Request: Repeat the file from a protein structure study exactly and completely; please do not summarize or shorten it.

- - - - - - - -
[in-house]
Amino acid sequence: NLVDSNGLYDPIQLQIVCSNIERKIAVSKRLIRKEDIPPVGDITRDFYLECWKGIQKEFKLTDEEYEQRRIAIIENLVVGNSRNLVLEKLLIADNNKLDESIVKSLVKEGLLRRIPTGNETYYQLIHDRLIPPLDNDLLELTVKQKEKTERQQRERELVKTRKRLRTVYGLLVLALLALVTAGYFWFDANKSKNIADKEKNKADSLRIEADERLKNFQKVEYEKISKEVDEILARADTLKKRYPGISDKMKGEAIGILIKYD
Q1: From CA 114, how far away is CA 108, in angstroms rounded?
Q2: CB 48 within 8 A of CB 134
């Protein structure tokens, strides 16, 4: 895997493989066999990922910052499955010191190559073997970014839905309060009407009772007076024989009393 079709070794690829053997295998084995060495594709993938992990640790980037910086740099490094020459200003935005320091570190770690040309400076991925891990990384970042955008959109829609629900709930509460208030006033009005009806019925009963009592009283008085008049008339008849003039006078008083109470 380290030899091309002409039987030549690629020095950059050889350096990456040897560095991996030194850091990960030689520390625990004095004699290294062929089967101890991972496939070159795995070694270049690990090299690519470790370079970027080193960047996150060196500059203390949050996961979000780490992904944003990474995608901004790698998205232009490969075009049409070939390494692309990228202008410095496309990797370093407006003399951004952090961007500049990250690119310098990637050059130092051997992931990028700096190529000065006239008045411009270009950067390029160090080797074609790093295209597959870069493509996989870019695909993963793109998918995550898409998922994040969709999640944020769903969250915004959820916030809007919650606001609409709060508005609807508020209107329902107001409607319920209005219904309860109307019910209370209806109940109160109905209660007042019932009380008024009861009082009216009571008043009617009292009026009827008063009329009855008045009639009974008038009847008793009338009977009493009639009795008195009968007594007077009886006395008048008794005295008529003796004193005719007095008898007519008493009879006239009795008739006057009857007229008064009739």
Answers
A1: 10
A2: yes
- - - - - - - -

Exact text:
[in-house]
Amino acid sequence: NLVDSNGLYDPIQLQIVCSNIERKIAVSKRLIRKEDIPPVGDITRDFYLECWKGIQKEFKLTDEEYEQRRIAIIENLVVGNSRNLVLEKLLIADNNKLDESIVKSLVKEGLLRRIPTGNETYYQLIHDRLIPPLDNDLLELTVKQKEKTERQQRERELVKTRKRLRTVYGLLVLALLALVTAGYFWFDANKSKNIADKEKNKADSLRIEADERLKNFQKVEYEKISKEVDEILARADTLKKRYPGISDKMKGEAIGILIKYD
Q1: From CA 114, how far away is CA 108, in angstroms rounded?
Q2: CB 48 within 8 A of CB 134
């Protein structure tokens, strides 16, 4: 895997493989066999990922910052499955010191190559073997970014839905309060009407009772007076024989009393 079709070794690829053997295998084995060495594709993938992990640790980037910086740099490094020459200003935005320091570190770690040309400076991925891990990384970042955008959109829609629900709930509460208030006033009005009806019925009963009592009283008085008049008339008849003039006078008083109470 380290030899091309002409039987030549690629020095950059050889350096990456040897560095991996030194850091990960030689520390625990004095004699290294062929089967101890991972496939070159795995070694270049690990090299690519470790370079970027080193960047996150060196500059203390949050996961979000780490992904944003990474995608901004790698998205232009490969075009049409070939390494692309990228202008410095496309990797370093407006003399951004952090961007500049990250690119310098990637050059130092051997992931990028700096190529000065006239008045411009270009950067390029160090080797074609790093295209597959870069493509996989870019695909993963793109998918995550898409998922994040969709999640944020769903969250915004959820916030809007919650606001609409709060508005609807508020209107329902107001409607319920209005219904309860109307019910209370209806109940109160109905209660007042019932009380008024009861009082009216009571008043009617009292009026009827008063009329009855008045009639009974008038009847008793009338009977009493009639009795008195009968007594007077009886006395008048008794005295008529003796004193005719007095008898007519008493009879006239009795008739006057009857007229008064009739």
Answers
A1: 10
A2: yes